By Keith Laing - 03/05/14 02:32 PM EST
Georgia's Republican senators are upset with President Obama because he left out funding for deepening the port of Savannah in his budget for the 2015 fiscal year.
Sens. Johnny Isakson and Saxby Chambliss, both Republicans, said Obama included the Savannah port expansion project in his 2012 "We Can't Wait" initiative that was designed to expedite federal infrastructure investment.
The duo added Vice President Biden both visited the Savannah port last year as he pushed Congress to approve a new $8.2 billion water infrastructure bill.
But Isakson and Chambliss said when Obama released his $3.9 trillion budget proposal for 2015 yesterday, he turned his back on the Savannah port project.
“This administration has promised to deliver economic development and economic opportunity to the state of Georgia through the authorization and funding of [the Savannah port]," the Georgia lawmakers continued. "During a visit to the port last year, Vice President Biden promised that 'we are going to get this done, come hell or high water.' ... It is now clear they would rather pay lip-service to Georgians than deliver on their promises. With clear opportunity in front of them and congressional direction to guide them, the decision to delay SHEP’s construction was solely the administration’s."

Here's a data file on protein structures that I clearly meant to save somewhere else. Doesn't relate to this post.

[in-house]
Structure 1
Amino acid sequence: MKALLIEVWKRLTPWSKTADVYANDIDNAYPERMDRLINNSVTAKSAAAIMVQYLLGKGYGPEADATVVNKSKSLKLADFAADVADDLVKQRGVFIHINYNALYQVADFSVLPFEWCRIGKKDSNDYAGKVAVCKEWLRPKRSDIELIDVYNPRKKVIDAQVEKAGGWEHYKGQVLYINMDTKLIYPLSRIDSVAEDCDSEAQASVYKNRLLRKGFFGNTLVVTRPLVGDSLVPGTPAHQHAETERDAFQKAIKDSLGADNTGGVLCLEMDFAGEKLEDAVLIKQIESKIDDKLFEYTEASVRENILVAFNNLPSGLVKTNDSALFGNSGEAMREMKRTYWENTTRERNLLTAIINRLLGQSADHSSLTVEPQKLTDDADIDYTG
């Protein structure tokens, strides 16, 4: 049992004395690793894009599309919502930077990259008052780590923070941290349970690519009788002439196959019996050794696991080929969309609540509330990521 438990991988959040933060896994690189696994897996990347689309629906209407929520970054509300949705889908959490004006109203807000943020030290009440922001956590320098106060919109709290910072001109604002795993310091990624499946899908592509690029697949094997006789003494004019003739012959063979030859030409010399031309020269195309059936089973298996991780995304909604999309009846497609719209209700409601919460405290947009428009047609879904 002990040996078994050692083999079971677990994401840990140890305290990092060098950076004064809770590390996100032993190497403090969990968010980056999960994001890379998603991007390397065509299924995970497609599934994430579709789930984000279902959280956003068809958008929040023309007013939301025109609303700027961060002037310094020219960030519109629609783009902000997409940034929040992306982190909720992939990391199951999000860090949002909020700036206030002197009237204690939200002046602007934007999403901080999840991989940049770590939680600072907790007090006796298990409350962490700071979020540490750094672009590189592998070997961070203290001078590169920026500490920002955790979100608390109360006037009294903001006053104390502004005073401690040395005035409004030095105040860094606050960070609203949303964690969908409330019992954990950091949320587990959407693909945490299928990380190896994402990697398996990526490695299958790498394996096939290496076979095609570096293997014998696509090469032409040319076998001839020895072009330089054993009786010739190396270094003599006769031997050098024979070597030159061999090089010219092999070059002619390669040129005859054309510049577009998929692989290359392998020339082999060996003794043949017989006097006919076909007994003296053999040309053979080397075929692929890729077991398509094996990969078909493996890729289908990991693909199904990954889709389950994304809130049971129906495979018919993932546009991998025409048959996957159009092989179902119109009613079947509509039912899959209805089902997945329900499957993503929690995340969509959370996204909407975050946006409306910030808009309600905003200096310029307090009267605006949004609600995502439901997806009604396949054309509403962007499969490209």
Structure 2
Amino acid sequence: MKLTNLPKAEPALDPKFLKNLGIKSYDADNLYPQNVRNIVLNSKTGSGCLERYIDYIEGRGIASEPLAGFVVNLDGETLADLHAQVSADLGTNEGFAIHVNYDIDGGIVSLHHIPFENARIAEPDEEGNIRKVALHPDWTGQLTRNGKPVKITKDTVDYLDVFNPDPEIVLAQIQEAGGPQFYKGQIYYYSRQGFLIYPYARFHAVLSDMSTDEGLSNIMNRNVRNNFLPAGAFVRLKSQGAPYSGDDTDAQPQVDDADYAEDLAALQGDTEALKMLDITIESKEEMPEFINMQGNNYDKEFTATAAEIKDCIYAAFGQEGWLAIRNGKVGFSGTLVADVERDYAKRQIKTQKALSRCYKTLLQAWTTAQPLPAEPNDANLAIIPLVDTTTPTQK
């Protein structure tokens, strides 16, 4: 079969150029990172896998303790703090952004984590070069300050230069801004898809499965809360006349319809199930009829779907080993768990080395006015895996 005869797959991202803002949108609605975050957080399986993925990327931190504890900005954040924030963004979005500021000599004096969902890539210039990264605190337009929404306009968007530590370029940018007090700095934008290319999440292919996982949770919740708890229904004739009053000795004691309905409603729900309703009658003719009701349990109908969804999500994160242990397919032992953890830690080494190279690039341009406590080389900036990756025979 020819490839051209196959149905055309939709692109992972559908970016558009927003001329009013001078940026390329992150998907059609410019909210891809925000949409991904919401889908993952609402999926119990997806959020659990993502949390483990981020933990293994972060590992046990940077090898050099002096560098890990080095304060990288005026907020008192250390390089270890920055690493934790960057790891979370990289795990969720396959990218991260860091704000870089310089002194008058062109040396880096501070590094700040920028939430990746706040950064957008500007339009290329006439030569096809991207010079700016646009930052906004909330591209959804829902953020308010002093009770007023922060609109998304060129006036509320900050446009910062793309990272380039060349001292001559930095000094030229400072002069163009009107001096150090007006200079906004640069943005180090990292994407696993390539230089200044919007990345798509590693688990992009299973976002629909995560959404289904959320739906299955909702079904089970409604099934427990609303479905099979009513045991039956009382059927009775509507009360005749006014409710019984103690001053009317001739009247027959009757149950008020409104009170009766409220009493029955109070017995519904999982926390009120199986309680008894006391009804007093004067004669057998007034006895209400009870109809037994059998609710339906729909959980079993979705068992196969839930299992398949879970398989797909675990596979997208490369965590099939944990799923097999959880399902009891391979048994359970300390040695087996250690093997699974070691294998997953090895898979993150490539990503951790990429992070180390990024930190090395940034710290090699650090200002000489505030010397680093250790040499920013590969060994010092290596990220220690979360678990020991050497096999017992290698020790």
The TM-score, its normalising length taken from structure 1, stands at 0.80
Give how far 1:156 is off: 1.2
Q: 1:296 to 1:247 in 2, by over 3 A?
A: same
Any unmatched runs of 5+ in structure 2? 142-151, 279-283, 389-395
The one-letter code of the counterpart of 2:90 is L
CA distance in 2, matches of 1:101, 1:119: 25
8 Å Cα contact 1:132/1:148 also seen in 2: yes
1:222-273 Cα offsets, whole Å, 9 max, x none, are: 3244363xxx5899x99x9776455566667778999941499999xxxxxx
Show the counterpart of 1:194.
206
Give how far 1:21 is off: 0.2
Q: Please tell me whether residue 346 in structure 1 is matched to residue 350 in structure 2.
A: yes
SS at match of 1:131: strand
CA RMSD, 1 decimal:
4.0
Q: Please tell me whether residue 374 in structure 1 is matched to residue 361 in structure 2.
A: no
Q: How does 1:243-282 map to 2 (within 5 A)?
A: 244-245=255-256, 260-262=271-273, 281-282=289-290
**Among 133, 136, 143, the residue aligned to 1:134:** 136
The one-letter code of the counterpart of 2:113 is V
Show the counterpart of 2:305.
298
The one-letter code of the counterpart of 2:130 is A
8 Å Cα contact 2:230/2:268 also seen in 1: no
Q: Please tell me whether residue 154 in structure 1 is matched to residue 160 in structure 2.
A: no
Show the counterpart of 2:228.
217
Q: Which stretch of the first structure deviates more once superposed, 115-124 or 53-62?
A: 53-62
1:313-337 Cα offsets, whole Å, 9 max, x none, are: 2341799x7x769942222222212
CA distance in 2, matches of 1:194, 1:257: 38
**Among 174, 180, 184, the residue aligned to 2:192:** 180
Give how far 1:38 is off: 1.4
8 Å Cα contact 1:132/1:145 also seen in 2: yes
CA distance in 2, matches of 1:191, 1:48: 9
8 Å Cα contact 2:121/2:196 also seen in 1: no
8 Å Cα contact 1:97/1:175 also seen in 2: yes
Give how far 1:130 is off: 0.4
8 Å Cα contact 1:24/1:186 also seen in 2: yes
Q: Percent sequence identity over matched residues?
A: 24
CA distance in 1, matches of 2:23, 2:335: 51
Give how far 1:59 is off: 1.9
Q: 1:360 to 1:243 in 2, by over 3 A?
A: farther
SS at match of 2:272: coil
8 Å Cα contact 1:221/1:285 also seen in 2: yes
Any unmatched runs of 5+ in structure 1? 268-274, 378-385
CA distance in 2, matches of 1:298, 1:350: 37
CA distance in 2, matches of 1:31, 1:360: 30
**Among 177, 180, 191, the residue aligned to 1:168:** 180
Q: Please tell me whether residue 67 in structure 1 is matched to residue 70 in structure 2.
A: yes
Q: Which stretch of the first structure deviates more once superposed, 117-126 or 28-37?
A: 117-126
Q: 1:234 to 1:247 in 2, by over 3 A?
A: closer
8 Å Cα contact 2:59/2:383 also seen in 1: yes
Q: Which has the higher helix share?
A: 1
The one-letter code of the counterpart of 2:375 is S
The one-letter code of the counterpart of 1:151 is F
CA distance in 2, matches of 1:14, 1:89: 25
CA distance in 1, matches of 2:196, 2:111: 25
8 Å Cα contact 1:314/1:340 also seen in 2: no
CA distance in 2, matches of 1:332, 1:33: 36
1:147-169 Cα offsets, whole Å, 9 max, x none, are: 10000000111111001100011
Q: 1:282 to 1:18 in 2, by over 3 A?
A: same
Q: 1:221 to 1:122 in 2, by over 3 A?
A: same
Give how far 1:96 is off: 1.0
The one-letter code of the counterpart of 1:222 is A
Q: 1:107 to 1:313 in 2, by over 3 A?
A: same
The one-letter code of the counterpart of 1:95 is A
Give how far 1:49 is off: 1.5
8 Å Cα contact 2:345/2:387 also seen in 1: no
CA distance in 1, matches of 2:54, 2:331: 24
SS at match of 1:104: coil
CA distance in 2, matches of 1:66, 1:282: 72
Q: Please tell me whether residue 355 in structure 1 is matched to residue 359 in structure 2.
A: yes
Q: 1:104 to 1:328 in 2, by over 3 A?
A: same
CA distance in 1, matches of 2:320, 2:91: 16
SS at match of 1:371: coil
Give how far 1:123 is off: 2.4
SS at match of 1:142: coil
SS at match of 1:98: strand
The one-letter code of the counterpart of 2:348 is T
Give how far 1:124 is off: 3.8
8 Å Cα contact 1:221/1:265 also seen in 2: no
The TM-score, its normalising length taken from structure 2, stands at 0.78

Isakson and Jackson said Congress directed the administration to include the Savannah port in its 2015 funding request in the bill that passed earlier this year to fund the government for the rest of the 2014 fiscal year, which will end in September.
"It is baffling to see this administration choose to ignore a statute passed just six weeks ago that cleared all remaining obstructions to moving forward with the project," the lawmakers said. "The administration has once again chosen to ignore existing law, and in this case needlessly hamstring the advancement of SHEP."
The Savannah port was one of five ports on the East Coast that were identified by the Obama administration in 2012 for expedited expansion.
The other projects were in Miami, Fla.; Jacksonville, Fla.; Charleston, S.C.; New York; and New Jersey. Each of them had long been sought by transportation officials in those states.